Tornadoes form in regions of the atmosphere that have abundant warm and moist air near the surface with drier air above, a change in wind speed and direction with height, and weather systems such as fronts that force air upward. The United States provides these three ingredients in abundance, so it is not surprising that the majority of the world’s reported tornadoes occur in the USA. Within the United States, tornadoes can occur in nearly every state and in every month of the year. Wisconsin has experienced tornadoes in every month except February. It is generally accepted that tornado season begins in the springtime— and that is now.
Tornado season is based on when the ingredients for severe weather come together in a particular place. Because a change in wind with height is closely related to the presence of a jet stream, tornado season moves north and south during the year with a jet stream. Tornado season peaks in March and April in the Southeast but not until July in the upper Midwest and Northeast. The deep South has a secondary peak in tornado occurrence in November.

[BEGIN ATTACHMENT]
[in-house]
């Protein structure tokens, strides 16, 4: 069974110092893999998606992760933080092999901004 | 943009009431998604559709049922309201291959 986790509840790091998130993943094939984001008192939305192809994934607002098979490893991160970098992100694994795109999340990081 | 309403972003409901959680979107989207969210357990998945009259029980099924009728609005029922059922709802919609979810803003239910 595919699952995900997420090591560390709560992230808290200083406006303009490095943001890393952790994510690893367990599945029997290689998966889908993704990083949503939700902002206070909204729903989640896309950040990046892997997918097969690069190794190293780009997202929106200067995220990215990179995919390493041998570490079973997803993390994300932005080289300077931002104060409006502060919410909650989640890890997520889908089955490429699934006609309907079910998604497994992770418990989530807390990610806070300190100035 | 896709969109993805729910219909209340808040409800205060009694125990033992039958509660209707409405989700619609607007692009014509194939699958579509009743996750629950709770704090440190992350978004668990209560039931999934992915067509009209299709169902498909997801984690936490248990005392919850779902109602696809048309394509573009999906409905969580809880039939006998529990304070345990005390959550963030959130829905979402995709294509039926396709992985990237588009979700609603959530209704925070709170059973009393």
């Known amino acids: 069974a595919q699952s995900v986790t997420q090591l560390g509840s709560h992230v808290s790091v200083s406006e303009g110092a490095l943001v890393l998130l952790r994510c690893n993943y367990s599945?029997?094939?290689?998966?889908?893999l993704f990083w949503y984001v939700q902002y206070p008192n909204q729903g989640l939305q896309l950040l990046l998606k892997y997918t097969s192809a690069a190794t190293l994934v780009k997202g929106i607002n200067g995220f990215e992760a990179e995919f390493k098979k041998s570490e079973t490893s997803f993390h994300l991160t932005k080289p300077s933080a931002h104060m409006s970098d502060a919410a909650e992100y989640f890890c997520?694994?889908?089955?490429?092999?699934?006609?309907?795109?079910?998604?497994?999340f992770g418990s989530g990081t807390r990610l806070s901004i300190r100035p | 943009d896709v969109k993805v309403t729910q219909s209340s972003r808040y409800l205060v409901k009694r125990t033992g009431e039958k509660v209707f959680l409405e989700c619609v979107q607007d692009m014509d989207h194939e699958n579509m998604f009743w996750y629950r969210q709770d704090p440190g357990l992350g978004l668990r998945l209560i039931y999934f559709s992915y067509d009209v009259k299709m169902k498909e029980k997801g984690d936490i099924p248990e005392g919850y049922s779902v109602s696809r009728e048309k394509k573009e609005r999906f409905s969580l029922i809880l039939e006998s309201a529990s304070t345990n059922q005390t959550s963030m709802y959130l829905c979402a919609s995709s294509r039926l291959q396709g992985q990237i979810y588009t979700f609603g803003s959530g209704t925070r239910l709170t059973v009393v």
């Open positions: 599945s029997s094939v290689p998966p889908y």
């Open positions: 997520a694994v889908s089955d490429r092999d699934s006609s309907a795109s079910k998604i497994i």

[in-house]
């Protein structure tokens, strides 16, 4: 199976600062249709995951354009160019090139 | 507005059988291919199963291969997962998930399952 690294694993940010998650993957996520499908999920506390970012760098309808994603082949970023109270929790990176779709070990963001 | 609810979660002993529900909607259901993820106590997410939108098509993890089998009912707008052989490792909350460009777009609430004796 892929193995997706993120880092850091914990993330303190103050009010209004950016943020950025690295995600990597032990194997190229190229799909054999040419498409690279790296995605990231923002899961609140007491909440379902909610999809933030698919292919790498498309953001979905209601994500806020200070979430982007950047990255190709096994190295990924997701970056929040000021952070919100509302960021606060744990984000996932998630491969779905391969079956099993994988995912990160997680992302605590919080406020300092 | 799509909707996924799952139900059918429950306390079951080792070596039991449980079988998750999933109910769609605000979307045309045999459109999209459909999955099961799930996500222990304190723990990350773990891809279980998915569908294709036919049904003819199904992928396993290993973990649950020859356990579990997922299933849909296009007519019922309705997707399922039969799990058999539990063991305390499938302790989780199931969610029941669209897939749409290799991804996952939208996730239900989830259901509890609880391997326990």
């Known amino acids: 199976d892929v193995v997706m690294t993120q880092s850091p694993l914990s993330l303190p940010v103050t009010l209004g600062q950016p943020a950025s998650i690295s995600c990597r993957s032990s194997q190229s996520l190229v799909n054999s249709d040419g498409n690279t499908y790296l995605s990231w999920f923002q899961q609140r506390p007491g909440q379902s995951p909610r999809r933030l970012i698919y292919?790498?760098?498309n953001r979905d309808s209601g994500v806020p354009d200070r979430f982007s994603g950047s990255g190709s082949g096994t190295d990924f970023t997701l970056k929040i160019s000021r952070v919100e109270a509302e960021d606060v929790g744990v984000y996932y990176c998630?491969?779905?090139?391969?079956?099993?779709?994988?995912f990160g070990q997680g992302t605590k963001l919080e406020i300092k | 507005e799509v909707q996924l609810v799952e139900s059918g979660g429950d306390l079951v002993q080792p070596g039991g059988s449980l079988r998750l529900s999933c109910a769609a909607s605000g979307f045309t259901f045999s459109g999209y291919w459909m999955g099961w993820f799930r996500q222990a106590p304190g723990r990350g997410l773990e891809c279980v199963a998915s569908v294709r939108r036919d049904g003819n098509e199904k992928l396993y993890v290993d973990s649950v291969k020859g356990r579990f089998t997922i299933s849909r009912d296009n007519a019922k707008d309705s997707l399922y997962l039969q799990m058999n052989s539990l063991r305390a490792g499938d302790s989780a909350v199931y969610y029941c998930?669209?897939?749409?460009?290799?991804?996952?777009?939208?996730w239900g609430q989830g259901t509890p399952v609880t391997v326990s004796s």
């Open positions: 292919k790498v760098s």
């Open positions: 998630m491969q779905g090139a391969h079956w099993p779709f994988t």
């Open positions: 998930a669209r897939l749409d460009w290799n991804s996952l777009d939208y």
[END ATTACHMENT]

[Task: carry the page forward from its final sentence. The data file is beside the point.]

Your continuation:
Tornadoes can also happen at any time of day or night. However, they thrive on solar heating and in some cases the ability of warm, moist air at the surface to penetrate the capping inversion. Therefore, the most likely times for tornadoes are late afternoon or early evening. More than half of all U.S. tornadoes occur during the hours of 3:00 PM to 7:00 PM local time.